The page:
The weather was terrible when I arrived in Bhola. The rains had been late, and we were still getting downpours. On my second night there was a mighty storm in the south of the island – 31 dead and a thousand fishermen lost at sea, although I understand 700 of them were rescued. We felt nothing at our end of the island, and our only casualty was the television lines. Since I depend heavily on Al Juzeera for my sanity when I go to Bhola alone, I was rather fed up until the aerials were mended!
Once the rain stopped, it became extremely hot and humid, and the third floor was like an oven under the flat roof. Fans simply moved hot air around, and the nights were not great. We may have to invest in a couple of small air conditioners for us visitors.
The disappointing news is that Chandan Cruze, the manager of whom we had such high hopes, is not right for the job. Apart from the fact that he can’t drink the water in Bhola and appears to dislike the island, he really does not have managerial skills. So I had to give him his marching orders, and the hunt resumes for a director.
Before we both left, however, we had regular evening lessons in sign language. He may never need to use his newfound knowledge, but I hope to put mine into practice on my next visit.
The staff and children were in good form. Montu and Monira are thrilled with their new baby boy, and Shahti’s daughter Nabanita has become a little beauty.
I walked to the primary school with our deaf children one morning. They have settled in extremely well and no longer have a signing interpreter – the whole class looked at her instead of the teacher! Ali plans to send all our children to school in January, even the slow learners, since they will all receive the government curriculum school books which we can use in the boundary.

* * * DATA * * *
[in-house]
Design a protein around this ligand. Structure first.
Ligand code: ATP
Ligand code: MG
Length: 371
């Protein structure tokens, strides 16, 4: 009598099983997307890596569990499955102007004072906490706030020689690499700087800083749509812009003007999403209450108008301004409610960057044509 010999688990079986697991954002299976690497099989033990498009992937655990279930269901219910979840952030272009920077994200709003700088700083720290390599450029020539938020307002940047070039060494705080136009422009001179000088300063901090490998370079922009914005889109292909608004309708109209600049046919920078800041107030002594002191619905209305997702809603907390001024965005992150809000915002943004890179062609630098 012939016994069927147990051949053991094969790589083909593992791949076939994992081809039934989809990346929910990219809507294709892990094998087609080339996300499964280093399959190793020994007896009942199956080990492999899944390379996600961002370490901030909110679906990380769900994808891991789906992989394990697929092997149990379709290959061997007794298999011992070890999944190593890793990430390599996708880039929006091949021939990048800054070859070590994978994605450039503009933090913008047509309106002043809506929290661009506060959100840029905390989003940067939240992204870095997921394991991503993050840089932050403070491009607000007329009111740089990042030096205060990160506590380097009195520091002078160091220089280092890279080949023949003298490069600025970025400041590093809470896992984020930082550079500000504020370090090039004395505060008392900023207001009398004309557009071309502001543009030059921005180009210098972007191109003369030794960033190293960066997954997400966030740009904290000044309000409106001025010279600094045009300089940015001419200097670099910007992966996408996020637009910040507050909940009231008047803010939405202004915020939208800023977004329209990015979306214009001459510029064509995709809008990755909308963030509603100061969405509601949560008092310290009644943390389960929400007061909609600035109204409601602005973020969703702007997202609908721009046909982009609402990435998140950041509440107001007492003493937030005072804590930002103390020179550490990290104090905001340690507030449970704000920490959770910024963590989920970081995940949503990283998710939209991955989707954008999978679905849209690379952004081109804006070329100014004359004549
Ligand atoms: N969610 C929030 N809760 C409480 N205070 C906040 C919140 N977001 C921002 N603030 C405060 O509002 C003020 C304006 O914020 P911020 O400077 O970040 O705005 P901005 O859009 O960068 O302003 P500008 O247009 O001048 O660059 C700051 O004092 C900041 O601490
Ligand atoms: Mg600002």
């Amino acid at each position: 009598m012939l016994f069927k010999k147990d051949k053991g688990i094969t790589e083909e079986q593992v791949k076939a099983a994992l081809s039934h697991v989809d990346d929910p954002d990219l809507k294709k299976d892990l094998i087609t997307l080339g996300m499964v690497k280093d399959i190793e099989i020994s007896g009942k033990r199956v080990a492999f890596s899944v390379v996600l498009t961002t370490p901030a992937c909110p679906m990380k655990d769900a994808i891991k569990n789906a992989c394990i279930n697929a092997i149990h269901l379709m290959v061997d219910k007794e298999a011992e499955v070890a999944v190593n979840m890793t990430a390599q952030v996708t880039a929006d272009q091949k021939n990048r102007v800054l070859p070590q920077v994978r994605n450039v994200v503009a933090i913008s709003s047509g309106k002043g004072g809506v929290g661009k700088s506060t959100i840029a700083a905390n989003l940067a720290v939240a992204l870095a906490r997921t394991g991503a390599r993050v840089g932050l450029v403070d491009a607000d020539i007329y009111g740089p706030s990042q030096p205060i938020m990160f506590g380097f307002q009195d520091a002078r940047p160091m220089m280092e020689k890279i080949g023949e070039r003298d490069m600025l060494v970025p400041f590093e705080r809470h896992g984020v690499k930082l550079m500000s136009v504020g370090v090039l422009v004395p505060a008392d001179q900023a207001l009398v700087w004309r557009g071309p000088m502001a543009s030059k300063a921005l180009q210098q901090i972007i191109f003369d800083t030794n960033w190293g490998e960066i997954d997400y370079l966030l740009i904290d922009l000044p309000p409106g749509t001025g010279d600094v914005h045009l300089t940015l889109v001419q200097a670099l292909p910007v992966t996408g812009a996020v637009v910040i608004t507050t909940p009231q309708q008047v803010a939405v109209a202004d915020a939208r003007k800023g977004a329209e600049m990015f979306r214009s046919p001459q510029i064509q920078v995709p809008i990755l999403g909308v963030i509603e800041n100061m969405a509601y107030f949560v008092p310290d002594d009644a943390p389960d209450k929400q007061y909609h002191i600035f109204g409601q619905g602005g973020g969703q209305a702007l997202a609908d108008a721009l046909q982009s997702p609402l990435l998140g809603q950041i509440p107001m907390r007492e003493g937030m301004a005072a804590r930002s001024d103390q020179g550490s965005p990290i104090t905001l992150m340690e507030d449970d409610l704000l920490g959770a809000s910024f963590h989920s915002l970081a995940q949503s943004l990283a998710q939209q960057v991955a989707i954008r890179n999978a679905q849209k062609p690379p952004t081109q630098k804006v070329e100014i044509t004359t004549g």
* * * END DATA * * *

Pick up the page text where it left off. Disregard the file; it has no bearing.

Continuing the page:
Several of our deaf teenage girls and boys have been training in Dhaka, and four of the girls start work in a garment factory this month. They live and learn free of charge in the Centre for Rehabilitation of the Paralyzed, founded and run by an English physiotherapist called Valerie Taylor who is a good friend of Ali. Sadly I didn’t get to meet her this trip but hope to do so next time.
So we seem to be achieving our aim of educating and training many of our children to lead a normal and fulfilling life.
As usual I brought home a suitcase full of the beautiful embroidery – pillow cases, table cloths and napkins – made by our teenage girls under Asma’s tuition. I sell them here for donations and hope to have a pre-Christmas ‘embroidery party’ in my house, to give friends a chance to find unique and lovely Christmas gifts.
We took a mixed bag of disabled children out for an ‘awareness programme’, this time to a girls’ secondary college in a very rural area. Ali had asked the principal to invite parents of disabled children to come and meet us. We had not expected 61, from an area not much larger than Chiswick… By the time I left, we had half a dozen new children – mainly CP and Downs – who will come daily for physio until they are able to look after themselves enough to live with us. I have asked Ali to do other such awareness programmes, since we have space for more children.
Due to the rain, planting at Valumia is very late – in fact, we only ploughed two days before I left. We usually manage to plant early so that we can sell surplus vegetables in the market but sadly, this year, they will only be ready at the same time as everyone else’s and we will have to eat or store them ourselves.
We had a wonderful picnic on the estate belonging to the politician whom I met on the overnight launch to Dhaka several years ago. It has a beautiful avenue of trees – very welcome in the heat – and runs along the bank of the river. Ali and the younger children had a lovely swim before lunch. One of the better picnics as far as I was concerned – perhaps not as adventurous as the one Peter and I enjoyed in March, but all the rivers were too high for us to attempt another island visit.
I left just before Eid. Most of the children went home for the holidays, and I always feel sorry for Ali who has to stay in the boundary with the few who have no home or whose parents do not want them. He tells me they had a good time, they shared a cow with other families and went out on some visits. School has now reopened.